Texas holding out on Dream Act as Hispanic Republicans debate its political impact

As the Dream Act remains alive with the aid of a strategic move in the Senate last week, Hispanics who support the Republican Party have different takes on what a Republican rejection of the legislation would do to the future of the party with the Hispanic minority.

As noted in a previous post, the Hispanic Republican group Somos Republicanos has come out against the hardline immigration rhetoric of Republicans like Rep. Steve King of Iowa, who wants to lead the charge to reform the birthright provision found in the fourteenth amendment.   Now, the same Republican group is joining those on the liberal side of the aisle (such as America’s Voice and Immigration Reform for America) in calling for Texas Senator Kay Bailey Hutchinson to support the pending bill, according to the Dallas Morning News.

Without the Senator’s support, which she threw behind the bill back in 2007, the Dream Act falls short of the needed votes for a filibuster-proof passage.  Right now, the bill would not find any support on the Senate side from the state of Texas. Hutchinson’s fellow senator, John Cornyn, has also said that he will not support the Dream Act when it comes up for a vote as expected within the next month of the 111th Congress.

Whether the votes that the two Senators cast on the bill will have a detrimental impact on their political futures seems uncertain at this point.  When up for reelection, both Senators will face a Hispanic population of close to 37 percent, based on the latest figures calculated by the U.S. Census. This isn’t even taking into account the Hispanic population’s impressive growth in the state.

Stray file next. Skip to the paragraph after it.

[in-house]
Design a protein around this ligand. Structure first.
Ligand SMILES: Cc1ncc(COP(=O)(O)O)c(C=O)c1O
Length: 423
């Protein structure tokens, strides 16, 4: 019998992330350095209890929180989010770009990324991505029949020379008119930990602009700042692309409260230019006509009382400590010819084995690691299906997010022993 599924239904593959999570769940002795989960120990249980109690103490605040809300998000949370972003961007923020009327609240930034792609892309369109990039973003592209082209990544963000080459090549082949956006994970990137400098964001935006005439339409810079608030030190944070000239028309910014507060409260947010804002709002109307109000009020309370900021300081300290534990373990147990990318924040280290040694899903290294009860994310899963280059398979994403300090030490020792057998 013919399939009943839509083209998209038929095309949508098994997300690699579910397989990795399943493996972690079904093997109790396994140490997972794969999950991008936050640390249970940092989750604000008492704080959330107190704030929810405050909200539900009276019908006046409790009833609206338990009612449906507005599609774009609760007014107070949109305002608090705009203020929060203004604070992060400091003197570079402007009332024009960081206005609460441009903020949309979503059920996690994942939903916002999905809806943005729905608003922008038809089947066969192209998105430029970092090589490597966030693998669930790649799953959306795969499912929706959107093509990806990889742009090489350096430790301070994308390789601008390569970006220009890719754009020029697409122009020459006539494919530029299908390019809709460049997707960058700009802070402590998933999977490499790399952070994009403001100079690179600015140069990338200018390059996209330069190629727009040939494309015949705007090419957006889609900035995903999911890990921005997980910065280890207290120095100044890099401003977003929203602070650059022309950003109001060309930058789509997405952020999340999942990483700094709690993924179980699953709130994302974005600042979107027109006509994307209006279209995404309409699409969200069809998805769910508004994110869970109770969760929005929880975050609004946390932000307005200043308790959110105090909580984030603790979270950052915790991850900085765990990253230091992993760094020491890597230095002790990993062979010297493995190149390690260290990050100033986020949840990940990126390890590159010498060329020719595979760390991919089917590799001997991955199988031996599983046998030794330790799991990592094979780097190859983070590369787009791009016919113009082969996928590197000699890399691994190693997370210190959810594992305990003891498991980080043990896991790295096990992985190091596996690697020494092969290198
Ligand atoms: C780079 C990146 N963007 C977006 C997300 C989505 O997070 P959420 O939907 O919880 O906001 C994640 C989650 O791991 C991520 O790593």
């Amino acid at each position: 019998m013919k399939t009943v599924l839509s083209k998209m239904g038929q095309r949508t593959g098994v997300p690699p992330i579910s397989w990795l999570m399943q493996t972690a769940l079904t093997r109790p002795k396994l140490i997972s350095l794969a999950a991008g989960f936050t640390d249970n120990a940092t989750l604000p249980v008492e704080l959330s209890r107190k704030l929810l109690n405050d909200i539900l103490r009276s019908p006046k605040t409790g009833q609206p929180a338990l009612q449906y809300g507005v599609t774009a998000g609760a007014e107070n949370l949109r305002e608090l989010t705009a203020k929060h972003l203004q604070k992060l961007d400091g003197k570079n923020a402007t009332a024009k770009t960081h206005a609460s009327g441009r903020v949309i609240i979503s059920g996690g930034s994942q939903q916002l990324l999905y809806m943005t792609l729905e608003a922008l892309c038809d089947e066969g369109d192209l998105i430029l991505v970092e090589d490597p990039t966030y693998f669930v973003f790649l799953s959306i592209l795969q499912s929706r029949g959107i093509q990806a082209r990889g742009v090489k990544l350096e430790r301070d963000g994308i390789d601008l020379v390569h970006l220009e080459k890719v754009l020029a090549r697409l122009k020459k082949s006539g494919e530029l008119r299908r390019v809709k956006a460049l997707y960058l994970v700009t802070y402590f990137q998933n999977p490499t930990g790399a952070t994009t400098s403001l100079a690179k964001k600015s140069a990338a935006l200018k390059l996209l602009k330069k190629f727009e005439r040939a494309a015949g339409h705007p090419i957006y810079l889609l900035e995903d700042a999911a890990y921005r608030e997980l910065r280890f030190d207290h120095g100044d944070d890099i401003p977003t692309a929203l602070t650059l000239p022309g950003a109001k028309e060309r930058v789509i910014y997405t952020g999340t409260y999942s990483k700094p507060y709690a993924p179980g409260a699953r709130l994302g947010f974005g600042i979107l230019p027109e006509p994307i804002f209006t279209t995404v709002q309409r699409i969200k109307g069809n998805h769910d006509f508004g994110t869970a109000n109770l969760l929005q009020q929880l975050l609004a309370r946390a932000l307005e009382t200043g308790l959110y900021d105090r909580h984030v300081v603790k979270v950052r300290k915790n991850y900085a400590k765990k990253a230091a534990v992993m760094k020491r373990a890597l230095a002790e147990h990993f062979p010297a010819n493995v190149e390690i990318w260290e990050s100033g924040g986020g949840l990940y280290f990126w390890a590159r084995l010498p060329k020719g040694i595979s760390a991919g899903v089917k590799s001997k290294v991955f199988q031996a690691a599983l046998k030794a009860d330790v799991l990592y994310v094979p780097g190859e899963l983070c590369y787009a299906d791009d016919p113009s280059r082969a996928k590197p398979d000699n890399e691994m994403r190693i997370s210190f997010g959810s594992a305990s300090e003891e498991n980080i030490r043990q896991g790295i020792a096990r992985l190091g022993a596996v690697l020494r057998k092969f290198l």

Noting similar figures as the census, Somos Republicanos has sent a letter to Senator Hutchinson in hopes of an 11th hour change of heart, once again reiterating that her rejection of the measure will cost her.

     “Please be reminded that in Texas, Hispanics will soon be 40% of the population and they vote according to the issues that affect our community. In Texas, 53% of Hispanics call themselves conservative, but they are also cautious with Republicans that use immigration as a hot button issue,” the letter said.

The letter made note of Governor Rick Perry winning 38% percent of Texas’s Hispanic vote because he has listened to moderate voices on immigration.  As an example of how the political demographic could possibly change in Texas with the growing Hispanic population, one would only need to look at California where approximately 60 percent of the Hispanic population are registered Democrats.

Not all Hispanics on the Republican side, however, would agree that a vote against the Dream Act would cost the Hispanic vote, saying that there is still a chance for Republicans to make gains with the community.  Jason Villalba, head of the Dallas chapter of the Republican National Assembly, says that Hutchinson’s stance on the bill won’t affect her political viability.

     “While the DREAM Act is a good concept, I don’t think the current draft is ready to be approved by the American people,” he said in the Dallas Morning Star article cited earlier.

While Hispanic Republicans spar over what impact immigration rhetoric from Republican politicians will have, one thing is for sure. Hispanics are rapidly becoming an integral part of the nation’s voting demographic, probably at a faster rate than most perceive.